Seaford High junior wins the Congressional App Challenge | Herald Community Newspapers
Seaford high school student James Toscano won’t need an app to describe how he feels after recently winning a prestigious competition sponsored by none other than the United States Congress.
Toscano won the Congressional App Challenge for New York’s 2nd Congressional District, which encompasses southeast Nassau County and southwest Suffolk, and includes Seaford.
Toscano created the DailyBuddy app, which encourages users to share their daily feelings and emotions. According to Toscano, users should write down exactly how they feel on a particular day and how the day went overall. DailyBuddy takes the place of talking to someone about their feelings, especially if they don’t want to talk at all. It also offers motivational tips.
Since 2016, Congress has sanctioned a district-by-district app challenge that encourages students interested in computer science to build and code their own apps. More than 14,000 students from 48 states participated in the challenge. Some of the notable congressional officials who have become involved are former 2020 Democratic presidential candidates Tim Ryan and Seth Moulton, as well as Ed Royce, Mimi Walters and Hakeem Jeffries. The current program co-chairs are Jennifer Wexton and Young Kim.
In 2021, the competition produced 2,101 working apps created by students in all participating congressional districts.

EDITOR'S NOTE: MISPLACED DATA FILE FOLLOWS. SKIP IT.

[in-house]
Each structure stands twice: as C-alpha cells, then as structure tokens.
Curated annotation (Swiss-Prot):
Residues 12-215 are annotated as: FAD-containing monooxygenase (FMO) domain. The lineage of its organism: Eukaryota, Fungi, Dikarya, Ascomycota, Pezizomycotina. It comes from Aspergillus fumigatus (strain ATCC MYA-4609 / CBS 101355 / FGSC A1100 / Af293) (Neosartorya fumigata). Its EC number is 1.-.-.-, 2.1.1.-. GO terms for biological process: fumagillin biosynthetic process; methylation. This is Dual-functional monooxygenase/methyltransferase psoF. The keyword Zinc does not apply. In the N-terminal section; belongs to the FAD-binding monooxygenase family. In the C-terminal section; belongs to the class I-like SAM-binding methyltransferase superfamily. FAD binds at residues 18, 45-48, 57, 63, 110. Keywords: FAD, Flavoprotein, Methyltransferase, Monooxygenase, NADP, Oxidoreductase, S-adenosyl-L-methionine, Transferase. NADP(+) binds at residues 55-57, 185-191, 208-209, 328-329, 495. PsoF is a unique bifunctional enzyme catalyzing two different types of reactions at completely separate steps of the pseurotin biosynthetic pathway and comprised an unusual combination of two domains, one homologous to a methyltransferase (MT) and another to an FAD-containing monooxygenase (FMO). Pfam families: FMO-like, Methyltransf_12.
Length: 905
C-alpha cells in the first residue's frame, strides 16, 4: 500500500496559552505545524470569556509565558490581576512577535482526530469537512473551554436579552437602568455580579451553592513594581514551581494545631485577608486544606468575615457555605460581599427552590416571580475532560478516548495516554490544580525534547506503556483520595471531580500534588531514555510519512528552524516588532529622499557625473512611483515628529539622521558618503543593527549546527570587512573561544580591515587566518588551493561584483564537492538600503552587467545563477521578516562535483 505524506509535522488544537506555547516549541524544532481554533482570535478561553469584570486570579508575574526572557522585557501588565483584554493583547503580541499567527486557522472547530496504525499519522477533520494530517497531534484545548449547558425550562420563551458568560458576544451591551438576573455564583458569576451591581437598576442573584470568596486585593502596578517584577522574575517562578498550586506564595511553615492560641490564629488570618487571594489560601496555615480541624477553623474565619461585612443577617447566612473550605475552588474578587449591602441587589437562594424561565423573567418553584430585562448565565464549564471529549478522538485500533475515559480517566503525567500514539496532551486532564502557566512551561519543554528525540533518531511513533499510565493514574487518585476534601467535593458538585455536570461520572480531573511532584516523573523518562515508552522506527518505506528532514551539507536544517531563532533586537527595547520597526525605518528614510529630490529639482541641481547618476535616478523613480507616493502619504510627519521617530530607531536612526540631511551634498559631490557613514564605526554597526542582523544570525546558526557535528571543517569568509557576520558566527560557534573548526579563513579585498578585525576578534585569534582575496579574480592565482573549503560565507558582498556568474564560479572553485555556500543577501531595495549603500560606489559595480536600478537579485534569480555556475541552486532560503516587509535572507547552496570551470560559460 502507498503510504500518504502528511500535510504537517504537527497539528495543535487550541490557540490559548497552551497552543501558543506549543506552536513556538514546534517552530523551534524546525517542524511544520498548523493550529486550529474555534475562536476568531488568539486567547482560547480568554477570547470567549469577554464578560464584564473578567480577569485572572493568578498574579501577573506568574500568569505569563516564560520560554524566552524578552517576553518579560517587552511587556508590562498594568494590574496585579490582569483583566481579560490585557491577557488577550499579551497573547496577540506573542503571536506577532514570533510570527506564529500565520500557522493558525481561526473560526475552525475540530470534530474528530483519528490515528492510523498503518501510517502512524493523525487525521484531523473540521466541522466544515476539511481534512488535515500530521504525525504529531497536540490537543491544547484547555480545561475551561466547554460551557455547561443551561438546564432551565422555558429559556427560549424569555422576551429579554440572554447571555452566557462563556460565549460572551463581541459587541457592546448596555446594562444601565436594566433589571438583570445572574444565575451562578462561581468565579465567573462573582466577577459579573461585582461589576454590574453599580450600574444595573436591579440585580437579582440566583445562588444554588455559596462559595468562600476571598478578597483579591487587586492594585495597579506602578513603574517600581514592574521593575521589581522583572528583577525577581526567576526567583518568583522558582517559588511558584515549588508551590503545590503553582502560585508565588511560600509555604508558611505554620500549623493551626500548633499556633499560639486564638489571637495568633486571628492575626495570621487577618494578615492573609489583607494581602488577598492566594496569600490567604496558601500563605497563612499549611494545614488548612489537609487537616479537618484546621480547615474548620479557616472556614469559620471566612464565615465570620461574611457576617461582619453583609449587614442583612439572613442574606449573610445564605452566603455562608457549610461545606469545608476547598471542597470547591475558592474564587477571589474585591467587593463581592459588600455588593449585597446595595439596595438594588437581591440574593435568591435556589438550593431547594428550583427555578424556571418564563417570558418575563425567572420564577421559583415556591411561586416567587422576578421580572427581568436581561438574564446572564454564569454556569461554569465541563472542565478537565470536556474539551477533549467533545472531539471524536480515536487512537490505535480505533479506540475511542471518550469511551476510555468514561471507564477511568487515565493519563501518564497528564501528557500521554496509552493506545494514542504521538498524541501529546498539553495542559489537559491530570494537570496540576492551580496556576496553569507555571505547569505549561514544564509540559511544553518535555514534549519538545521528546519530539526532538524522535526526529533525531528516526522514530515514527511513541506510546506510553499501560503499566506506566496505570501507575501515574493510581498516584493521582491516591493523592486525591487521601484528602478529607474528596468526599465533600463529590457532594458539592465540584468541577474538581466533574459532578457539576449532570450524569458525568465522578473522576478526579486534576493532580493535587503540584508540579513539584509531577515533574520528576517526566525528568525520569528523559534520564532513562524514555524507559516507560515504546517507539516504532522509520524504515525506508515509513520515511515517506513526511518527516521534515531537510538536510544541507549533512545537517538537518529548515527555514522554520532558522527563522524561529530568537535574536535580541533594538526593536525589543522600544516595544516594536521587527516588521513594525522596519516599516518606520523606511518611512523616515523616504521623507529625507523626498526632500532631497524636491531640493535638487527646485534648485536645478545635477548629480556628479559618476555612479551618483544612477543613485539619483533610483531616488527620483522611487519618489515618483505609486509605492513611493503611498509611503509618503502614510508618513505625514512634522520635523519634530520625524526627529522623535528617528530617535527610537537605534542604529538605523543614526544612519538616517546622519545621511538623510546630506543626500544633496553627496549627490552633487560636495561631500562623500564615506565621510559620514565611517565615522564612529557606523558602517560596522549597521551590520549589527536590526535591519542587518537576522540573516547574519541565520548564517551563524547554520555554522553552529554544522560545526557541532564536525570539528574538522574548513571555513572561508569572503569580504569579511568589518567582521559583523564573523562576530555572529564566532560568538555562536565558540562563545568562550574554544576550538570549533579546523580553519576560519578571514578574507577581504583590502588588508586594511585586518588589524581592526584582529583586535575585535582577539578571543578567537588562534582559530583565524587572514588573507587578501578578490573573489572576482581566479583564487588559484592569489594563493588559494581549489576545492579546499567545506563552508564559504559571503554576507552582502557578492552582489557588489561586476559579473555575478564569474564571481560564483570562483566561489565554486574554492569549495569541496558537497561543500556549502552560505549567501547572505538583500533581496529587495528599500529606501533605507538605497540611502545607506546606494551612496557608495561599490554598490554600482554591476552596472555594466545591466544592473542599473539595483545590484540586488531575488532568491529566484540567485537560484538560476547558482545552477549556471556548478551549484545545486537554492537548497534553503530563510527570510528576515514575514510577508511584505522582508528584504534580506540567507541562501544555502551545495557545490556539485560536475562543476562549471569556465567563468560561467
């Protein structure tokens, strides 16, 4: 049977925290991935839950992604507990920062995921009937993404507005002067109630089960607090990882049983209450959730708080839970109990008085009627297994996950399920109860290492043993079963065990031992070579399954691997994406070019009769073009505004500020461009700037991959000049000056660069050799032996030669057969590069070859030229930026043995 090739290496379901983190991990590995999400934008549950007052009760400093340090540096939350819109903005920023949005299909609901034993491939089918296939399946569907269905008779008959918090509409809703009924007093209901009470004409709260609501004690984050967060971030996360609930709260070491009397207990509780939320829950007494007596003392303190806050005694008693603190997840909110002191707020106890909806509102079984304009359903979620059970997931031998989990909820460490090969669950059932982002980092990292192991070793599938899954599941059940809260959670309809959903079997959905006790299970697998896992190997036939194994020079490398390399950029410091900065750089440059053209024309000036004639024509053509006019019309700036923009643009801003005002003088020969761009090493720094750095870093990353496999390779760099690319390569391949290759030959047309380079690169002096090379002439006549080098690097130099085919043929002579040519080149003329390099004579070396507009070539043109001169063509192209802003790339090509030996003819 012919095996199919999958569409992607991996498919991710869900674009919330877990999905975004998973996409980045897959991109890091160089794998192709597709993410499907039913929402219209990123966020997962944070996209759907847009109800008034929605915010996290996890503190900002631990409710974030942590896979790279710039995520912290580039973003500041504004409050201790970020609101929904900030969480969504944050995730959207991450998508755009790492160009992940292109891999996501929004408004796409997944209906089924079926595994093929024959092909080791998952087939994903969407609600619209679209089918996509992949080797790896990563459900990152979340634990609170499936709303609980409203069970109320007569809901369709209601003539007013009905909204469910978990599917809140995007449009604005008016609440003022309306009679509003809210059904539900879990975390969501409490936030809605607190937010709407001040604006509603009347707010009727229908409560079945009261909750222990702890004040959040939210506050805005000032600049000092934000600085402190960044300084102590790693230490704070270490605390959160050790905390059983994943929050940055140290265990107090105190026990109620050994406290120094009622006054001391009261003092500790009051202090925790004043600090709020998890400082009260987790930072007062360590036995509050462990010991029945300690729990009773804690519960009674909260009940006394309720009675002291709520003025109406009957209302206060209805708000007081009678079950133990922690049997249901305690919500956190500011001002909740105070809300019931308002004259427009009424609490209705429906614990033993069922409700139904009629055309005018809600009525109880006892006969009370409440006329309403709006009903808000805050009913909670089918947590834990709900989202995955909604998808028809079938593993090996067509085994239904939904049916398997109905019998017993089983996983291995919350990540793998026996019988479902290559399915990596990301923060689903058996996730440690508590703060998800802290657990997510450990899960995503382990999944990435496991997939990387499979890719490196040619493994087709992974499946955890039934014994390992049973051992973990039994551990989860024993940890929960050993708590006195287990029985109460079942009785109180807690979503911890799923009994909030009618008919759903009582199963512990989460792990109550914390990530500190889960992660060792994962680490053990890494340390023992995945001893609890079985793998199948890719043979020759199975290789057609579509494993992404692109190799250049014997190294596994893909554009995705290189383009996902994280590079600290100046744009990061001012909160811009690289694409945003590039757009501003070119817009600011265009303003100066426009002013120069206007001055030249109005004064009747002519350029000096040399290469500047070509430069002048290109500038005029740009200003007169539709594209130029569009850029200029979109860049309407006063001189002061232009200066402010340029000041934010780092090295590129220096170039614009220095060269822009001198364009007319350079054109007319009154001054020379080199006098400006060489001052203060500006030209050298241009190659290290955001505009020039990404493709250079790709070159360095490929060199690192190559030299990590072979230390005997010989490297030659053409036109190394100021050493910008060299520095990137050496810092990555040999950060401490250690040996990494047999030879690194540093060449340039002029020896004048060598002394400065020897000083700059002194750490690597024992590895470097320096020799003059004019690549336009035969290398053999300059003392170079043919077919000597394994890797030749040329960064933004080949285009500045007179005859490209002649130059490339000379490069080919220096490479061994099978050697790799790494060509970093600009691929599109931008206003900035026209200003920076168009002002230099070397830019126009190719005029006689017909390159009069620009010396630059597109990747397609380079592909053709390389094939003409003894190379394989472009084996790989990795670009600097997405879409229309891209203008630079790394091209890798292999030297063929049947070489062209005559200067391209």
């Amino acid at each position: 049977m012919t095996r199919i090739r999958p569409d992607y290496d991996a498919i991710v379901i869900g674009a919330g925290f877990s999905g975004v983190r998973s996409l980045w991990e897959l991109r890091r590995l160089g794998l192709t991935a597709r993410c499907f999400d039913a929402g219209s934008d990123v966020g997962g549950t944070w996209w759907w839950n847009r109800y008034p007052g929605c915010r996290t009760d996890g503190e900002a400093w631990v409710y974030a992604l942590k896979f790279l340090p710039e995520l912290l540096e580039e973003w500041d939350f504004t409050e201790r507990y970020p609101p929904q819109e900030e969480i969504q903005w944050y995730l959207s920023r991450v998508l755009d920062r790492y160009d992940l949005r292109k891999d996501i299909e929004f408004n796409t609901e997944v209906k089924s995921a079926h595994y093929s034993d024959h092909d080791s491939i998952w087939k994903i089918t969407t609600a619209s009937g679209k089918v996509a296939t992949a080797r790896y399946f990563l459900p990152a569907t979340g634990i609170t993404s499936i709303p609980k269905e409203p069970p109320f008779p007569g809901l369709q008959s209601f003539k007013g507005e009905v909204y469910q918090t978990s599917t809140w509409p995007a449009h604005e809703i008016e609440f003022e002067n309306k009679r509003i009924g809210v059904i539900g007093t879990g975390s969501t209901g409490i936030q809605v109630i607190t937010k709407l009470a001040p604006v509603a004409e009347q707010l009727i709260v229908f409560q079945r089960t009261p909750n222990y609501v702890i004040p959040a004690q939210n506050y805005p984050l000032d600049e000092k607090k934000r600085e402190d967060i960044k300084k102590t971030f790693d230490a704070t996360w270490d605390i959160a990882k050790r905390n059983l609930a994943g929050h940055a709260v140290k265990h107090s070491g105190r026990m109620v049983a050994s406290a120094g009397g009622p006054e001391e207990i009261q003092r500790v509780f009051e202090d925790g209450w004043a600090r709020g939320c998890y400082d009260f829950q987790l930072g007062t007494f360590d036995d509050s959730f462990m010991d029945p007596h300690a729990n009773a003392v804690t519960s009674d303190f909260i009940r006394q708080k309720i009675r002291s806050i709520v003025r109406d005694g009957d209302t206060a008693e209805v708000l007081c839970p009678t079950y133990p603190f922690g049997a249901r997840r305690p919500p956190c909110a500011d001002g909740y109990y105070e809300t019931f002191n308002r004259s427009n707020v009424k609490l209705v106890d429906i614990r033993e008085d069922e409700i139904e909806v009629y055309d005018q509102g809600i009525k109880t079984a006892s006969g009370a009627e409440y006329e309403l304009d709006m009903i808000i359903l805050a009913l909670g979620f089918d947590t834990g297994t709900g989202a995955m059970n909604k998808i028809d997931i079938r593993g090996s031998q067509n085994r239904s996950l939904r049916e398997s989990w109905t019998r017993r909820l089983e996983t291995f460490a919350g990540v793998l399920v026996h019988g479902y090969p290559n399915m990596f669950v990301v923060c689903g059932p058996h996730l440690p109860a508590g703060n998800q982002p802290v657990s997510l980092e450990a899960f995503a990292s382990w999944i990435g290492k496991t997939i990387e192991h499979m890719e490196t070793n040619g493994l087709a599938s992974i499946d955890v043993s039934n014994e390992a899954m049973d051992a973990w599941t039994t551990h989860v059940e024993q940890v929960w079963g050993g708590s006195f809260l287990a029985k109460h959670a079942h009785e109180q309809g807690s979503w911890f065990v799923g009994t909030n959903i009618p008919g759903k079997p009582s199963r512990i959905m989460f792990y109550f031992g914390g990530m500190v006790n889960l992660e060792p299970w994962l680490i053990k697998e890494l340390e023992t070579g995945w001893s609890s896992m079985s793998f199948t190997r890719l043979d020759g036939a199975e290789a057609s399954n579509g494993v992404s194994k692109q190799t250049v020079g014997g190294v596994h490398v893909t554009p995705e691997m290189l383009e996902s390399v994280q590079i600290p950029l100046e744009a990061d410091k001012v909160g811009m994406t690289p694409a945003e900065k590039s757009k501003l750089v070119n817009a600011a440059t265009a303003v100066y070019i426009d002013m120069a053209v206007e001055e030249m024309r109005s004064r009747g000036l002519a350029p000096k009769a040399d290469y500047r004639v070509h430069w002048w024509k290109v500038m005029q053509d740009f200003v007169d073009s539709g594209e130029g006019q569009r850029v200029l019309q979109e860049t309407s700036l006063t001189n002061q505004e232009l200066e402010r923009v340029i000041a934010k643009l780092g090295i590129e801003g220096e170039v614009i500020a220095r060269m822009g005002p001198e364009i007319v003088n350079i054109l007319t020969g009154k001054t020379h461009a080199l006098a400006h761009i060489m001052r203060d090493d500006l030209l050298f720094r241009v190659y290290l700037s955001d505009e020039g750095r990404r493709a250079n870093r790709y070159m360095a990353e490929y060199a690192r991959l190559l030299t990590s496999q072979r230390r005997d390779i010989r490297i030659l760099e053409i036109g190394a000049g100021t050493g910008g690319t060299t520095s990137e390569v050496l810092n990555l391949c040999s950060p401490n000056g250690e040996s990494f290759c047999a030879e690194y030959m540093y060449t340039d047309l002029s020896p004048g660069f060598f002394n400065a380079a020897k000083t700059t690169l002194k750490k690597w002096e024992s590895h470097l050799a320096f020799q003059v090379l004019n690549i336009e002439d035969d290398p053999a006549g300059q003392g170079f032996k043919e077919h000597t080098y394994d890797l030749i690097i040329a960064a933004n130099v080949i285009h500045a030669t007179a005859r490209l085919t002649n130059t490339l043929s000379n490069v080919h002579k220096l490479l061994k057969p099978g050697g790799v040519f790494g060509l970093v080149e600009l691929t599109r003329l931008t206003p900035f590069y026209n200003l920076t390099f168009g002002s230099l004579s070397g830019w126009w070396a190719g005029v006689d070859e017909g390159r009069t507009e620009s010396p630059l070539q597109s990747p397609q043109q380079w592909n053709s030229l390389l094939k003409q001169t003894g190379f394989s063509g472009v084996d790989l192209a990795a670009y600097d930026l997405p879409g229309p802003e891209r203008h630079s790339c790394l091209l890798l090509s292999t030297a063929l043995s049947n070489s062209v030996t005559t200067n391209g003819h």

Toscano discovered this challenge while looking for computer science scholarships. When he saw that the 2nd District was participating in the challenge, he researched previous winners to see what they had done and found inspiration for DailyBuddy.
As it was not a school project, Ryan Stephens, Toscano’s math teacher at Seaford High School who also teaches computer science, did not learn of Toscano’s participation until after he won the award.
“I used what I learned from Mr. Stephens’ class to code it,” Toscano said. When Toscano received the call from Congressman Andrew Garbarino, who represents the Second District, he initially thought it was a spam call from Washington D.C., only to pick up the phone to find he was the district winner.
“James is an intrinsically motivated student,” Stephens said. “I learned that he had won the challenge on the district website and immediately wished him my congratulations. James has top-notch programming skills and in my class always goes above and beyond what students are expected.
Stephens also called DailyBuddy “a creative, unique and supportive app that is sensitive to our times.” Toscano said the pandemic-induced teen mental health crisis inspired him to code this app.
In Stephens’ Intro to Game Design course, students learn to code with the Python programming language, which Stephens says is easier for students than Java programming languages.
“Python is perfect for an introductory course,” Stephens said. “It’s accessible, the syntax is a bit more basic, and it’s not intimidating overall.”
Toscano’s success may have spurred a renewed interest in computing at Seaford High School, which has been hit by the pandemic.
“I think it’s an exciting thing to show students that there are opportunities out there if you decide to pursue computer science,” Stephens said. “I think James has led that here at Seaford, showing that there are awards and opportunities available in this growing field.”
The Seaford High School Computer Science Club also grew this year over last, and Toscano’s award may have contributed to that as well. According to Stephens, the club used to compete in an annual competition at St. Joseph’s College in Patchogue, which was canceled due to the pandemic. The Congressional App Challenge could expand to replace that, thanks to Toscano, he said.
Although Toscano is not yet sure which university he will attend, he wants to pursue a degree in computer science and is studying programs at Binghamton University.